Shelby County Court of Appeals 03/24/15
Donny O. Locklear v. Stacey L. Locklear
E2014-01465-COA-R3-CV
Authoring Judge: Per Curiam
Trial Court Judge: Chancellor E.G. Moody
This is an appeal from a Final Decree of Divorce. Because a notice of appeal was not timely filed in this case, we have no jurisdiction to consider this appeal.
 
Sullivan County Court of Appeals 03/24/15
David Crump, Sr. v. Sherry Pike
E2014-02074-COA-R3-CV
Authoring Judge: Per Curiam
Trial Court Judge: Judge Rex H. Ogle
The final order from which the appellant seeks to appeal was entered on October 14, 2014. The only notice of appeal “filed” by the appellant was submitted to the Trial Court Clerk via facsimile transmission in violation of Rule 5A.02(4)(e) of the Rules of Civil Procedure. Because the Notice of Appeal was insufficient to invoke the jurisdiction of this Court, this appeal is dismissed.
 
Cocke County Court of Appeals 03/24/15
In Re Brittany M.C.
E2014-01450-COA-R3-PT
Authoring Judge: Judge John W. McClarty
Trial Court Judge: Judge Raymond C. Conkin, Jr.
This is a termination of parental rights case in which the Tennessee Department of Children’s Services filed a petition to terminate Mother’s parental rights to the Child. The trial court found that clear and convincing evidence existed to support the termination of Mother’s parental rights on the statutory grounds of abandonment, substantial noncompliance with the permanency plans, and the persistence of conditions which led to removal. The court further found that termination of her rights was in the Child’s best interest. Mother appeals. We affirm the trial court’s termination of Mother’s parental rights.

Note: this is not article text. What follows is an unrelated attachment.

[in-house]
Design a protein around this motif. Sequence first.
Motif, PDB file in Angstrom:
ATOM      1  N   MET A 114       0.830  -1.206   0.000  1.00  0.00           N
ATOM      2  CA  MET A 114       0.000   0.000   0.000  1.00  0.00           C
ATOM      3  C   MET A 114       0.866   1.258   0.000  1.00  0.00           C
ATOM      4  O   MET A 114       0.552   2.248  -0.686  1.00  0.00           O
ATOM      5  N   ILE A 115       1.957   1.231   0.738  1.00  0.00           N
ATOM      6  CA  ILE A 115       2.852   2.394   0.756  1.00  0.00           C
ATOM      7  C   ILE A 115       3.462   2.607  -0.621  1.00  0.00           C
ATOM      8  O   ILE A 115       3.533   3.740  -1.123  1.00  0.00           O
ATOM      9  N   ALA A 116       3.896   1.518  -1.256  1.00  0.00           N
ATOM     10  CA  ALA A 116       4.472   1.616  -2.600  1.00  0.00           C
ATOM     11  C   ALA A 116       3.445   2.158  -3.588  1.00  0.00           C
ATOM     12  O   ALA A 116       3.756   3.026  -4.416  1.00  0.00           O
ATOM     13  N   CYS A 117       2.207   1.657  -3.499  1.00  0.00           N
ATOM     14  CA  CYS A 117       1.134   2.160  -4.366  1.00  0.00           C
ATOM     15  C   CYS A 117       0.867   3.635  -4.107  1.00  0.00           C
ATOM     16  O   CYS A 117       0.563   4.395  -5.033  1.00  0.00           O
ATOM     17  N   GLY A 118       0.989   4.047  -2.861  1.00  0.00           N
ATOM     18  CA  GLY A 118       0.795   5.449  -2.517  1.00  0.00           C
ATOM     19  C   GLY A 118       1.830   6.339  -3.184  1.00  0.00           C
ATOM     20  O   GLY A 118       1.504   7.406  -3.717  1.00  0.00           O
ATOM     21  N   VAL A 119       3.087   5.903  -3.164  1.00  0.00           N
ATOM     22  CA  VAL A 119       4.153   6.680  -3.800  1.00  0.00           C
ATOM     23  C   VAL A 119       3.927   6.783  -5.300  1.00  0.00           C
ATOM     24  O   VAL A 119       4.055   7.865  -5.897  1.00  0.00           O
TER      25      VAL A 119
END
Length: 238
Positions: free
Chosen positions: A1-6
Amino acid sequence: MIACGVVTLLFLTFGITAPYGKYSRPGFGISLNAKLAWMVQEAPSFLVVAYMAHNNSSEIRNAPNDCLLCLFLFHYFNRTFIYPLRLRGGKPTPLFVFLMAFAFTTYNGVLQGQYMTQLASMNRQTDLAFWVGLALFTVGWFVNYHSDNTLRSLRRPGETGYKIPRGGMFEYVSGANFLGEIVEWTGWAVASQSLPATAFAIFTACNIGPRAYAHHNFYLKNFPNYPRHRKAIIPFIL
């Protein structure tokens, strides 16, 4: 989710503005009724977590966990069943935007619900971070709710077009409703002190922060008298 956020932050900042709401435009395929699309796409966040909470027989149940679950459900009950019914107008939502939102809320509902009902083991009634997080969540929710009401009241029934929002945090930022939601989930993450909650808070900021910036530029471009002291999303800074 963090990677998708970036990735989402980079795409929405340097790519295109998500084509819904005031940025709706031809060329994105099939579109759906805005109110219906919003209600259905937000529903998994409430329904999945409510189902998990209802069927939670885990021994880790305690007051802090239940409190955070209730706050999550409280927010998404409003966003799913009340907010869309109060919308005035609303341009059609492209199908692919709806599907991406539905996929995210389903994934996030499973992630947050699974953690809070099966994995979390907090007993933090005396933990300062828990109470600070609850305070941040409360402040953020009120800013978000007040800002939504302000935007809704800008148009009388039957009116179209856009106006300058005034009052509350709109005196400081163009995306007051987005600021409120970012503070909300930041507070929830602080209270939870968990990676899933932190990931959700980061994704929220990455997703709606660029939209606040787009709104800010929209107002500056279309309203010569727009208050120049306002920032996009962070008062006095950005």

Sullivan County Court of Appeals 03/24/15
In Re Malaki E.
M2014-01182-COA-R3-PT
Authoring Judge: Judge W. Neal McBrayer
Trial Court Judge: Judge Kenneth R. Goble

This appeal arises from the termination of Mother’s parental rights. When the child was four months old, he was placed in the custody of the Tennessee Department of Children’s Services’ for lack of supervision and drug exposure. A permanency plan was created shortly thereafter, but less than one year later, the Department petitioned to terminate Mother’s parental rights. Following a trial, the juvenile court terminated Mother’s parental rights on the grounds of: (1) abandonment for failure to support; (2) abandonment for failure to provide a suitable home; and (3) persistent conditions. Mother appeals the juvenile court’s determination on all three statutory grounds, the court’s finding that termination was in the child’s best interest, and several other court rulings. We affirm.